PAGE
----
Home
Yearning of Yahveh
Yoke of Yeshua
Yeast Yerushalaim
10 Commands
Jewish Friend
God's Law & Church
Story of Ruth
Proverb Themes
Prophecies
Old Test. God
Gospel Writers
Lord's Prayer
Truth for Now
Which Bethsaida?
sabachthani
Words from Cross
Peter and Jesus
Baker of Capernaum
Capernaum
Broken Spear
Corinth
Paul's Life
Early Church
End-Time
Antichrist
SET FREE
About Author
Give Feedback
Text Traditions
Photo Tips
Canadian Rockies

Truth For Now

This Week's Study

 

~~~~~~~~~~

THE BAKER OF CAPERNAUM,
a new novel, plays out in the time of Jesus. How does the baker
of the village perceive the young rabbi? Read more...

~~~~~~~~~~

Last updated: 2015-08-24

New studies are put on top. Scroll down for previous ones.

 

Weekly column in local newspaper

 

Loneliness and solitude

1. He redeems my life from the pit

Solitary confinement is severe punishment. It is not related to solitude but to loneliness. These prisoners yearn for contact with their friends. They sleep, read, pace, think and plan, but time passes slowly when you have too much of it.

Any unpleasant situation that keeps one captive can feel like incarceration. Missing people, who work as sex slaves, experience this feeling of hopelessness. Others feel imprisoned by their marriage, work or social-economic situation, but they can’t break free because the status quo provides food, clothes and shelter.

The Bible paints a few situations of loneliness. Joseph knew his brothers did not like him because he was his dad’s favorite. However, when they put him into a pit, he really felt the pain of rejection. Twenty three years later they still remembered Joseph’s anguished cries to which they shut their ears (Gen. 42:21).

His dry-well experience was nothing in comparison with the holes he would face in Egypt. As slave, he did his best and was promoted. Then his master’s wife accused him falsely of sexual harassment. It was a hard blow to the self-respect of this God-fearing young man. He was imprisoned with condemned people; it made him feel lonely even among this crowd. On the right time, God exonerated him.

Samson misused his God-given power. He landed in jail without eyes, every day pushing in darkness the heavy millstone in endless circles. His imagination must have replayed his life often, thinking about the incidents where he made wrong choices. He was blind, imprisoned, enslaved and hopeless by his own wrongdoing. In his regret, he projected his anger on his enemies, and waited for the day of revenge.

The prophet Jeremiah was thrown into a pit for proclaiming God’s word to the king and nation. He was an old man already, and standing up to his chest in mud in a dark pit would not have improved his health. Imagine the darkness, silence, loneliness, hopelessness and despair as he prayed for relief of this undeserved misery. An Ethiopian pleaded Jeremiah’s case with the king, and got permission to hoist him out. David used the pit-experience figuratively (Ps. 40:1-3, 103:4)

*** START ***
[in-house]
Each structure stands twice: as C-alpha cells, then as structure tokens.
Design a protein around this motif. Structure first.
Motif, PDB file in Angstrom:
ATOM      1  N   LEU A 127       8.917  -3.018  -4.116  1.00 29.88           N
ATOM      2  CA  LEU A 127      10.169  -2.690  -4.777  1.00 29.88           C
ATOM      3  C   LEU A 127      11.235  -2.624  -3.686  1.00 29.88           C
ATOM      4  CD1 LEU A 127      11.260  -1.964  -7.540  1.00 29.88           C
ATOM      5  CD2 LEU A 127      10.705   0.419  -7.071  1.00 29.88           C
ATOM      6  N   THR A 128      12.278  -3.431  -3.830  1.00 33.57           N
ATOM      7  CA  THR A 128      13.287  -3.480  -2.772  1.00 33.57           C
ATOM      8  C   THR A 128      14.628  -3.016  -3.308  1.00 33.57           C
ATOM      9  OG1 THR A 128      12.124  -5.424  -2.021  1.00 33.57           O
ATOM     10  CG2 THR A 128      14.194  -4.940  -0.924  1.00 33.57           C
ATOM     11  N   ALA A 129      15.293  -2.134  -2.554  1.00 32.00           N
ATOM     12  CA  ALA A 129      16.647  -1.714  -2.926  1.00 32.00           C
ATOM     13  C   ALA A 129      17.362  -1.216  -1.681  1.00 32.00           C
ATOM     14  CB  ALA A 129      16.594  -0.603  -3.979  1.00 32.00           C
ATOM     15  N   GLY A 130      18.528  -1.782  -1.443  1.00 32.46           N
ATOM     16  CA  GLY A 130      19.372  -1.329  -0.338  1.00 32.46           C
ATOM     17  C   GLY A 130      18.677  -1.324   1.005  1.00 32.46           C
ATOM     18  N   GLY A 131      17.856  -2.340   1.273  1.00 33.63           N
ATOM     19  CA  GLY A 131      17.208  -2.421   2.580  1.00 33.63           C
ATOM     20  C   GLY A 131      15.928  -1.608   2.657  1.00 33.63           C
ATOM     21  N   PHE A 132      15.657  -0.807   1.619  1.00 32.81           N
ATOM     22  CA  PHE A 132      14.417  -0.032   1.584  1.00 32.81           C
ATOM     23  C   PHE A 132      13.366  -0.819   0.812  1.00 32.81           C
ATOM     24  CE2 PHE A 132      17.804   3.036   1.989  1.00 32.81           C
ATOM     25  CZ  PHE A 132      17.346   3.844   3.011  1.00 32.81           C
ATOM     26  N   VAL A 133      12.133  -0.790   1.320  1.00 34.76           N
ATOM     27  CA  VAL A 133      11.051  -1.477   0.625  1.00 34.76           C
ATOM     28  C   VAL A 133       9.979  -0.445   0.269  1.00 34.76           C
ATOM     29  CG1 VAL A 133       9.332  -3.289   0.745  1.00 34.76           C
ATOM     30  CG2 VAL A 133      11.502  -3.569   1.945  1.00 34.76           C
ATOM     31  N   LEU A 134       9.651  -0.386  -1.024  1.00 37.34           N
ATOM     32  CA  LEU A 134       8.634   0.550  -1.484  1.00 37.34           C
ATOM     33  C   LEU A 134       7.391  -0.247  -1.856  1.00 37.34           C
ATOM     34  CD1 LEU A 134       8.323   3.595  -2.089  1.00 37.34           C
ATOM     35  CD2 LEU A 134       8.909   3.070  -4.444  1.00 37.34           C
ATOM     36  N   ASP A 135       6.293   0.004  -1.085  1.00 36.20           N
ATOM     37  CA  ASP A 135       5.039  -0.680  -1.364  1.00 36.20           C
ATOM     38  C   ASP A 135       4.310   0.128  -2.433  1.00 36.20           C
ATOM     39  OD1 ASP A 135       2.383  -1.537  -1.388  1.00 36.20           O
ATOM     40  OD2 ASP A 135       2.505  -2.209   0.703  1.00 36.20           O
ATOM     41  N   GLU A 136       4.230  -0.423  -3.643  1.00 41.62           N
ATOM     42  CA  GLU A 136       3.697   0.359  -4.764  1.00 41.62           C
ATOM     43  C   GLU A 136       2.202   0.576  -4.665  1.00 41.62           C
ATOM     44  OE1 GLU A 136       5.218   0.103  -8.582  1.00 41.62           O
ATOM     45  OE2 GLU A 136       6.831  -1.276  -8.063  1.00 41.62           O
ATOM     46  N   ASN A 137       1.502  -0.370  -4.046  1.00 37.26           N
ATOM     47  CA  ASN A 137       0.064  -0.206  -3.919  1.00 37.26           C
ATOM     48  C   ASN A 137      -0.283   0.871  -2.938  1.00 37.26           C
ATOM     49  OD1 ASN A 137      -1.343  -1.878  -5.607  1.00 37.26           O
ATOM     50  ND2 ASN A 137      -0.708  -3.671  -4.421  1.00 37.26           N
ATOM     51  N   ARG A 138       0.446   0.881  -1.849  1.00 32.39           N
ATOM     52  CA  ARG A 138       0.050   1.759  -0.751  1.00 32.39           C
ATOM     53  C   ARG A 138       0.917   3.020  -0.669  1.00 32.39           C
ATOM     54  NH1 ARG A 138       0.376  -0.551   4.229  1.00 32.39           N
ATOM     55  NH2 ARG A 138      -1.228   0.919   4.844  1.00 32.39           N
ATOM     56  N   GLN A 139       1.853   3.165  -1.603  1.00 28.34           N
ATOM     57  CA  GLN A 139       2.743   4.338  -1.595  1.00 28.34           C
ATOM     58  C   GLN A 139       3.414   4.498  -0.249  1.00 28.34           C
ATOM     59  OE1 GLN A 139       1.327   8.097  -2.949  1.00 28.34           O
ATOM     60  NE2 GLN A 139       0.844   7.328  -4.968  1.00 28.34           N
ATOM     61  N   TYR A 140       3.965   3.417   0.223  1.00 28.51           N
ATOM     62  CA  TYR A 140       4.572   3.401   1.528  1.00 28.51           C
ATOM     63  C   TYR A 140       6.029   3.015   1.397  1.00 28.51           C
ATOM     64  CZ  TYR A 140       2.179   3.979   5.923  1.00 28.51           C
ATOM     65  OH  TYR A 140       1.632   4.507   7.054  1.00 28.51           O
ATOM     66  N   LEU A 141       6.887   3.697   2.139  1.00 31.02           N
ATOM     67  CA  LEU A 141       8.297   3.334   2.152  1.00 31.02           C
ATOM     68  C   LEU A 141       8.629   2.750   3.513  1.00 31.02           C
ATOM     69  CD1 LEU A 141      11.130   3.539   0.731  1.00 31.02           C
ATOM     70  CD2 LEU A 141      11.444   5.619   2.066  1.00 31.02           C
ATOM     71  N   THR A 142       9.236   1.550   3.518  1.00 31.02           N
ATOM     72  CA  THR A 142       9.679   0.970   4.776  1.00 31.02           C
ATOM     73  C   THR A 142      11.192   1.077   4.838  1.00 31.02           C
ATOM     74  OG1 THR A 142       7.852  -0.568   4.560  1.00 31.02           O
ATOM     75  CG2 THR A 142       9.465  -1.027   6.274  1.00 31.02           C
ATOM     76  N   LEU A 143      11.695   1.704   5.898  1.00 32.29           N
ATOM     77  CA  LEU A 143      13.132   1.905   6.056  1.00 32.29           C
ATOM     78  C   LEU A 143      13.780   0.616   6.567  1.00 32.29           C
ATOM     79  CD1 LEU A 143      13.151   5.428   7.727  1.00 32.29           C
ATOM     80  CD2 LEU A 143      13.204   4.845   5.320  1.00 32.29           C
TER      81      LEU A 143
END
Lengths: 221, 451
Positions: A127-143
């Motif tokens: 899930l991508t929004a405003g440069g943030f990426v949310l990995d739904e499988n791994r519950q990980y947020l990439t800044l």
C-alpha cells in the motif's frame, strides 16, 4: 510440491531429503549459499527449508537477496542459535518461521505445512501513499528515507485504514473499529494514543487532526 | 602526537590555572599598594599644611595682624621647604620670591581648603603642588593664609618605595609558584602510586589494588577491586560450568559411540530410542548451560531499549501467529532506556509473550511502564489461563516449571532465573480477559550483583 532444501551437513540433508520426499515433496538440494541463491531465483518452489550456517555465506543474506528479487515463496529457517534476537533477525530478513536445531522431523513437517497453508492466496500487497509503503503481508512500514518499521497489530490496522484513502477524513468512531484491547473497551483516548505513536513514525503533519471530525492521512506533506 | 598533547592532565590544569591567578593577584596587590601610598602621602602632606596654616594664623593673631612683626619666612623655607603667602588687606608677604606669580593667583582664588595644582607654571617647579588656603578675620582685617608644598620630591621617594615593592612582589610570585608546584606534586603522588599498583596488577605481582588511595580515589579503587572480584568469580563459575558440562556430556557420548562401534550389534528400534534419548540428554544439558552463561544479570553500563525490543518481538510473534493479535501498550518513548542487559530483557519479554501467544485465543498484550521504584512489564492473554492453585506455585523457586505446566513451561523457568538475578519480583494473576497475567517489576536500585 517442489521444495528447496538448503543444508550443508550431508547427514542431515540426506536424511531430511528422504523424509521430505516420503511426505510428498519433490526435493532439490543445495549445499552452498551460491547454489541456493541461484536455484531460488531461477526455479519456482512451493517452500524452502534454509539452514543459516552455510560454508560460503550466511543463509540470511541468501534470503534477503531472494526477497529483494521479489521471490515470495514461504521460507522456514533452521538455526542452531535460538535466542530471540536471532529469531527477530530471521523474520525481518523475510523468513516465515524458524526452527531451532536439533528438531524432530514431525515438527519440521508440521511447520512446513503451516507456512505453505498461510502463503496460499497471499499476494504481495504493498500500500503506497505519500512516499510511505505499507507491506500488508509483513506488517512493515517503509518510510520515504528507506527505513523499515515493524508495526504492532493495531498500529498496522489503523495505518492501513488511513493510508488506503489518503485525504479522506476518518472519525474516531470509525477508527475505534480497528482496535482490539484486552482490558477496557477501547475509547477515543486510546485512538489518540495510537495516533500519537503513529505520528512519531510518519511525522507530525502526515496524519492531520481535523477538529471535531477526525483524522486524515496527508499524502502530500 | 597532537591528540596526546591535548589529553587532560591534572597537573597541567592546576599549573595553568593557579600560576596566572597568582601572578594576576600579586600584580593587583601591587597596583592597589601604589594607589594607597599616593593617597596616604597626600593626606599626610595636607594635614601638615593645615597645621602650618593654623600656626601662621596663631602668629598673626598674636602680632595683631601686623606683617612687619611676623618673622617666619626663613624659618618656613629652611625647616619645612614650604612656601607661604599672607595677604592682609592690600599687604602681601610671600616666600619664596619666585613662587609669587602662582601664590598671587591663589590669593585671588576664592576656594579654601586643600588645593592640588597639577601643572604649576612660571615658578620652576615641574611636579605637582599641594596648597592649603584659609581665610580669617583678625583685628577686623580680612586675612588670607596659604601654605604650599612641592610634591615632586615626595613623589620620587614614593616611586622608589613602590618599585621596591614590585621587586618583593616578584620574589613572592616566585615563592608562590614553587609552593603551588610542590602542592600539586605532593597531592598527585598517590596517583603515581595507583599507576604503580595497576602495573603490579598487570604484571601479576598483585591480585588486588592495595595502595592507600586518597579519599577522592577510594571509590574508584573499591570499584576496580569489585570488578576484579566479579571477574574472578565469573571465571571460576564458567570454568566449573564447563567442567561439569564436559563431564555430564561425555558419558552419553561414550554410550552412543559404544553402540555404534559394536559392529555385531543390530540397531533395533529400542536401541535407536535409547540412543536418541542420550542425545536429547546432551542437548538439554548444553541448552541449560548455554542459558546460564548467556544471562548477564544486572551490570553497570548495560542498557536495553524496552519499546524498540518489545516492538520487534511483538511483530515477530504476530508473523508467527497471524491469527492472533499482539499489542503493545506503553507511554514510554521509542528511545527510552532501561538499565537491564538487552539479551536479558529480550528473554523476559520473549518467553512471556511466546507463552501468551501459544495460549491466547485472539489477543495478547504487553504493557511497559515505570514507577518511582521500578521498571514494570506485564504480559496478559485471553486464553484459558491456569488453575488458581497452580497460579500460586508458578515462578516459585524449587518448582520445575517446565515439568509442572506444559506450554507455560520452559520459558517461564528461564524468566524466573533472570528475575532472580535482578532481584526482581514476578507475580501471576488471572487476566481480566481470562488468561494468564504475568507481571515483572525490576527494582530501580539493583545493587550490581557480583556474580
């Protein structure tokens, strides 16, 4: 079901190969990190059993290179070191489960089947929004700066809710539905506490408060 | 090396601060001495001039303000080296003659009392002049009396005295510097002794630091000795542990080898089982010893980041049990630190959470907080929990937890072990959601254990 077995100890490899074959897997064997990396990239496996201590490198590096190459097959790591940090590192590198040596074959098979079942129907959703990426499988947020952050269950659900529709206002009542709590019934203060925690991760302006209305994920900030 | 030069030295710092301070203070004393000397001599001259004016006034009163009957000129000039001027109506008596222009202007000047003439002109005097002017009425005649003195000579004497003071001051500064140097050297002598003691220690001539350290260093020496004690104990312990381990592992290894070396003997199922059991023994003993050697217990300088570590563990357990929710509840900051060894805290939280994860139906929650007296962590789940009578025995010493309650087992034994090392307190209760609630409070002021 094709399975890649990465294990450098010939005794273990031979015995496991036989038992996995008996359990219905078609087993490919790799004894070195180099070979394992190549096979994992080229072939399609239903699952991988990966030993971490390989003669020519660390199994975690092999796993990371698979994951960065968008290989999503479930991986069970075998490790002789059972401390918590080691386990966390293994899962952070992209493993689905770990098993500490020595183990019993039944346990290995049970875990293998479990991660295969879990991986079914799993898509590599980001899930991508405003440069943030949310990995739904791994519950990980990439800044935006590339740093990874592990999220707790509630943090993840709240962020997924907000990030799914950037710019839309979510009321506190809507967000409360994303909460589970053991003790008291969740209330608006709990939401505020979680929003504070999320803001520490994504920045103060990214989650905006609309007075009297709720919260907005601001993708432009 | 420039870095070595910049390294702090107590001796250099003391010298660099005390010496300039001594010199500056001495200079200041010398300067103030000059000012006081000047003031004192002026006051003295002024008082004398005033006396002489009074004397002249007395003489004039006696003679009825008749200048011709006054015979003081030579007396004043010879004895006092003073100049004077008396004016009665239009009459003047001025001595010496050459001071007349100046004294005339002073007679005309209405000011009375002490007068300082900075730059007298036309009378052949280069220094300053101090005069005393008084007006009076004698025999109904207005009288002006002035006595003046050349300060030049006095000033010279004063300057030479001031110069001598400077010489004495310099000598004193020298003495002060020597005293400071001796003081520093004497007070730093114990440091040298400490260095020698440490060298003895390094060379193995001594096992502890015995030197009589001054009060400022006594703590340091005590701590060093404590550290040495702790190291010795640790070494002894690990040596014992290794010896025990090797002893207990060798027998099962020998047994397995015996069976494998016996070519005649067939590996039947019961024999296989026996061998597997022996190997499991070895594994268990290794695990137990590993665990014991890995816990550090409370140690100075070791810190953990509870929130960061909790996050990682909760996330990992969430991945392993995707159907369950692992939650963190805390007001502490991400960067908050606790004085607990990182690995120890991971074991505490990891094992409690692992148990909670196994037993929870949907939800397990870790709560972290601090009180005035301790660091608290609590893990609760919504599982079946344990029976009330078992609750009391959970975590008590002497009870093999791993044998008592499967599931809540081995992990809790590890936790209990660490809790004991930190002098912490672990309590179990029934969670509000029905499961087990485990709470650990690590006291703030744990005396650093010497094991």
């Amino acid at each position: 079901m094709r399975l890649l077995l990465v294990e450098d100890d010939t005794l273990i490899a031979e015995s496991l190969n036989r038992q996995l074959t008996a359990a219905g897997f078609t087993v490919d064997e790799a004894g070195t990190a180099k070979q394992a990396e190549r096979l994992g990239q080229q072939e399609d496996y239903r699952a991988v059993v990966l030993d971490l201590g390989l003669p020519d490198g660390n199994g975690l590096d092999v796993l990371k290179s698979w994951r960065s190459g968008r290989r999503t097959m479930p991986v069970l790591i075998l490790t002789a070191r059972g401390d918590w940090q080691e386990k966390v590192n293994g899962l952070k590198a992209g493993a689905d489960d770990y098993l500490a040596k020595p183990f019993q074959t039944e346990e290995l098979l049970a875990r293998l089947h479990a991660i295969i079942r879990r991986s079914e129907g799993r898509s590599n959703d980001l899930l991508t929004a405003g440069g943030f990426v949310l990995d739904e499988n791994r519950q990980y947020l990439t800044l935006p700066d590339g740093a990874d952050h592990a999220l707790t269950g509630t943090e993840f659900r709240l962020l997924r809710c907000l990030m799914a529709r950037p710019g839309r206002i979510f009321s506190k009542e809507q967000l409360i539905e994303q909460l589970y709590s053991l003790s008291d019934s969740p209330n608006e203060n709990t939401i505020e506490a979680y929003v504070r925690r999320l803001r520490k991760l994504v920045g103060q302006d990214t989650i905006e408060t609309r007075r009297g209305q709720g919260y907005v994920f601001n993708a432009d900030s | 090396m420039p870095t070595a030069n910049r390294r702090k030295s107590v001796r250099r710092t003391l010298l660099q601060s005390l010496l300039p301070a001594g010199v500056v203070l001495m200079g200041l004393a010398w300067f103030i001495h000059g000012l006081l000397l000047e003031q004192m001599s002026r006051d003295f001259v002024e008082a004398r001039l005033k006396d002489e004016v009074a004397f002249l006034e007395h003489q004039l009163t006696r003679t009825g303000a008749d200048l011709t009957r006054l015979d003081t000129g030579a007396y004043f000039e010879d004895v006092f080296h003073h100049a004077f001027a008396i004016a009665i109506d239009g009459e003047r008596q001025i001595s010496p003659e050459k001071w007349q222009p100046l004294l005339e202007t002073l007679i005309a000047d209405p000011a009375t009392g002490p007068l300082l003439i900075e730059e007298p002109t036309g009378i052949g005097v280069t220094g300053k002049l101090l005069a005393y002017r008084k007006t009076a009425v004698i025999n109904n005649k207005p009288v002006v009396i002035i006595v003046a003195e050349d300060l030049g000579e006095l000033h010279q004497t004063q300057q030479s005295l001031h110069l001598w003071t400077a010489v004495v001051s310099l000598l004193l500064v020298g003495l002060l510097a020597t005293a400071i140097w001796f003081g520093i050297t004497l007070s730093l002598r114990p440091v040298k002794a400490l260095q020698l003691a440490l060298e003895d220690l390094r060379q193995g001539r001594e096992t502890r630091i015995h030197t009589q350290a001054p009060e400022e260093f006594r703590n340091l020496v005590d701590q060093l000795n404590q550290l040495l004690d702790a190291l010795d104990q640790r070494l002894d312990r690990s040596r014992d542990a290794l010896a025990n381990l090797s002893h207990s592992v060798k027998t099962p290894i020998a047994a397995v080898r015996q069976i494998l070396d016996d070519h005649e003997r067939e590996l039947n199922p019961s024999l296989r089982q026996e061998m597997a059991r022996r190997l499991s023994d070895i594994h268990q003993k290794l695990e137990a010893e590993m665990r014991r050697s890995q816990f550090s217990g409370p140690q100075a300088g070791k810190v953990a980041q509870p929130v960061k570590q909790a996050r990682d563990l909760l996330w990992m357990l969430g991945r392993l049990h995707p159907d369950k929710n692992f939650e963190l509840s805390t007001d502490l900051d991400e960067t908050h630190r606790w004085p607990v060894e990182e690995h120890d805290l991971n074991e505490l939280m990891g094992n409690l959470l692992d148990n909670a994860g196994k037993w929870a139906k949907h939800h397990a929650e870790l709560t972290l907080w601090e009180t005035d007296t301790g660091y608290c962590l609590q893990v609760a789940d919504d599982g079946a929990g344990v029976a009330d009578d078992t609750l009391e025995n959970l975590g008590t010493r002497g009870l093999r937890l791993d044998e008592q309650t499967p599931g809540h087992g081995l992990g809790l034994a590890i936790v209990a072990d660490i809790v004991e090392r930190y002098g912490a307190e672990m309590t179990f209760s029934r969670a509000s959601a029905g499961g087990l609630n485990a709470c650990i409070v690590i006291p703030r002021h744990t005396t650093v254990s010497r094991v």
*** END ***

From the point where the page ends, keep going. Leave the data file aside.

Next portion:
Jesus was condemned to death at 6 am (Roman time, John 19:14), and crucified on the third hour (9 am, Jewish time, Mark 15:25). He had to wait more than two hours with his bruised and lacerated body. He had blessed those who visit prisoners and give a cup of cold water – did anyone honor him in this way in his loneliest hours? On the Via Dolorosa and on Calvary he was surrounded by friend and foe, and still felt lonely and deserted, carrying the sins of humanity, an act nobody could fathom.

 

Adrenaline Craving

3. God shifted Solomon's focus

Except for Christ, Solomon was probably the wisest person who ever lived. In the book of Ecclesiastes, he tells us about his search for meaning in life and the source of true happiness.

He started his search on the intellectual level. He asked God for wisdom soon after he became king. It was a wise request which God granted with some additional benefits. Part of his wisdom was to search for more knowledge. It did not satisfy him – the more he knew, the more he realized how little he knew. His studies exhausted instead of satisfy him. He poured his insights into proverbs consisting of thesis and antitheses: this is good, and that is bad. I sorted Proverbs into categories and put it on my website: messiahstudy.net.

Disappointed by his intellectual efforts, Solomon sought pleasure on the physical level. He tried the mirth of wine and food, only to realize how empty it left his soul.

Then he indulged on the material level, having projects of all sorts: houses, dams, vineyards, orchards, pools, channels, herds and flocks. Property and money did not satisfy him either, because the more he acquired, the more his worries increased.

So, he moved to the social level. He got himself male and female servants, singers and musicians. He had 700 wives and 300 concubines. But all the people around him did not bring him happiness either. All had a hidden agenda, and his wives led him to idolatry.